3. Data are from various sources, of unknown accuracy and are given as examples only. Design data should be obtained from the manufacturer. Except for temperatures, data are at 20°C (68°F).

If magnetic materials are heated above a characteristic temperature called the Curie temperature, they suddenly lose all magnetism. If they are then cooled to room temperature, they are found to be completely demagnetized but otherwise unaffected. It may not be possible to use this method to demagnetize bonded magnets because the required temperature is high enough to destroy the bonding material but it is an excellent way to demagnetize solid magnet materials without coating or adhesives. For some materials it may be advisable to heat the parts in an inert atmosphere to prevent corrosion.

Ferrite magnets sometimes continue to lose small amounts of powder from their surfaces. They are brittle and easily chipped. Samarium-cobalt may occasionally spall off tiny bits of material. In order to avoid possible contamination and to help protect against surface and edge damage, magnets are sometimes coated. The surfacing materials used are often epoxies of polyurethane and the coatings may be as thin as a few ten-thousandths of an inch (0.0002) up to perhaps five thousandths of an inch (0.005). Ferrites may also develop cracks in manufacturing which do not affect their magnetic performance but reduce their strength and resistance to spalling. The cracks may be filled with epoxy. Some magnet materials are subject to corrosion and oxidation which a coating may prevent.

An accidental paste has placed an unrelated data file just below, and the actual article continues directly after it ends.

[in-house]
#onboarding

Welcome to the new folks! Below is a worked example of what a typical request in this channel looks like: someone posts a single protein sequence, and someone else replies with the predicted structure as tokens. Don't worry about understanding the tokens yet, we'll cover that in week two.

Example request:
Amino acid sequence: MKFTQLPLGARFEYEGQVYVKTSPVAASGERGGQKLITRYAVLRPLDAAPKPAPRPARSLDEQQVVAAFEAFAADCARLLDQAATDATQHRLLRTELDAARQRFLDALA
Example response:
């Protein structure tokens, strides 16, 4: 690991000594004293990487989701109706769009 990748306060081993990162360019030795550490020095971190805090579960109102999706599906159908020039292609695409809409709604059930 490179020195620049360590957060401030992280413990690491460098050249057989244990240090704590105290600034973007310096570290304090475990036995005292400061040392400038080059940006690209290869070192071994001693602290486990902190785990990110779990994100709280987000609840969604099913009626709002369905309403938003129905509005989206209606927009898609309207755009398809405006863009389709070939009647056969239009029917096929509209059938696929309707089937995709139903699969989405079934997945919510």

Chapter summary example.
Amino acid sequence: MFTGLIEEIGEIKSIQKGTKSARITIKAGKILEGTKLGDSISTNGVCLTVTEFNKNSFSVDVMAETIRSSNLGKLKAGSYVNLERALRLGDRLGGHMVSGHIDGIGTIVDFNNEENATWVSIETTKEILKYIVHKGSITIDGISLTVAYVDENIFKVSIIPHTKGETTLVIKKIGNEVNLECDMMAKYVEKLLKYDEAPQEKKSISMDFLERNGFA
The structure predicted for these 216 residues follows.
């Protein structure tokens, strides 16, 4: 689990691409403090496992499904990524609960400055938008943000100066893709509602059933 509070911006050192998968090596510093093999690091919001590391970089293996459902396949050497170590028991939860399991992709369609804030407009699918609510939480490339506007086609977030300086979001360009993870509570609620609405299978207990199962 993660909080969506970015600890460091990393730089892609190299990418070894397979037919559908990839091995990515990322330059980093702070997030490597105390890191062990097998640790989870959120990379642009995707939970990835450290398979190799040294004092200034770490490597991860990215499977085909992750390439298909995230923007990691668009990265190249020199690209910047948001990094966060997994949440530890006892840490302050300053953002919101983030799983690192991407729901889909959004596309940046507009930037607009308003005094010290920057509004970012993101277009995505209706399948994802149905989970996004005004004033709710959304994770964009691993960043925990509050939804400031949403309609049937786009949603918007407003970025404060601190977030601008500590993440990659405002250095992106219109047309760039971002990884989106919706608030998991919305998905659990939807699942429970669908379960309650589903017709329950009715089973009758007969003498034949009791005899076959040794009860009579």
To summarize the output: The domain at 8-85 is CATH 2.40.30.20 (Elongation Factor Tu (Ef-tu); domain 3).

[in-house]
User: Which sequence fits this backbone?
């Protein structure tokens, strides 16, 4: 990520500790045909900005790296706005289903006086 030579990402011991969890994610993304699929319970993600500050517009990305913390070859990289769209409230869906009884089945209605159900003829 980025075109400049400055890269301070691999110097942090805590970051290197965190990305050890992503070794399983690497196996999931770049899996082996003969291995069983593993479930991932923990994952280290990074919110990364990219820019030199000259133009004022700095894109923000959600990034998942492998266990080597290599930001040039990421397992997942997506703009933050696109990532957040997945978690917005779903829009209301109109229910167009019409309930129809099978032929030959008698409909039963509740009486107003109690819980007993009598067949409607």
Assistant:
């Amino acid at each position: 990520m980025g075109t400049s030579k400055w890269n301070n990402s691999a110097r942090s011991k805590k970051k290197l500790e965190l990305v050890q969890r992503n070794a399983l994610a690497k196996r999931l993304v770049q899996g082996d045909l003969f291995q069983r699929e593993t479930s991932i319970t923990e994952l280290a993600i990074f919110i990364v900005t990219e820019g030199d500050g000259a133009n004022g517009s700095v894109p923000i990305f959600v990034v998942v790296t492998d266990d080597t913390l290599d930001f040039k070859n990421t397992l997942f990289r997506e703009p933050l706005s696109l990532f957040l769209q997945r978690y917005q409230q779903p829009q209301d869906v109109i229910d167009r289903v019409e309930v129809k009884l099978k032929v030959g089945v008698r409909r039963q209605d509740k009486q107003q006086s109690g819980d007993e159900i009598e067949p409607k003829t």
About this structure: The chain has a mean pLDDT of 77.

A number of other magnetic materials are known, besides the ones discussed. Some of them have been in volume production in the past but are rarely used today, because other materials are less expensive or have better properties. Among them are cunife (copper-nickel-iron), which can be machined and cold-worked; cunico (copper-nickel-cobalt); silmanal (silver-nickel-aluminum), a material with great resistance to demagnetization; and vicalloy (iron-cobalt-vanadium), which is machineable.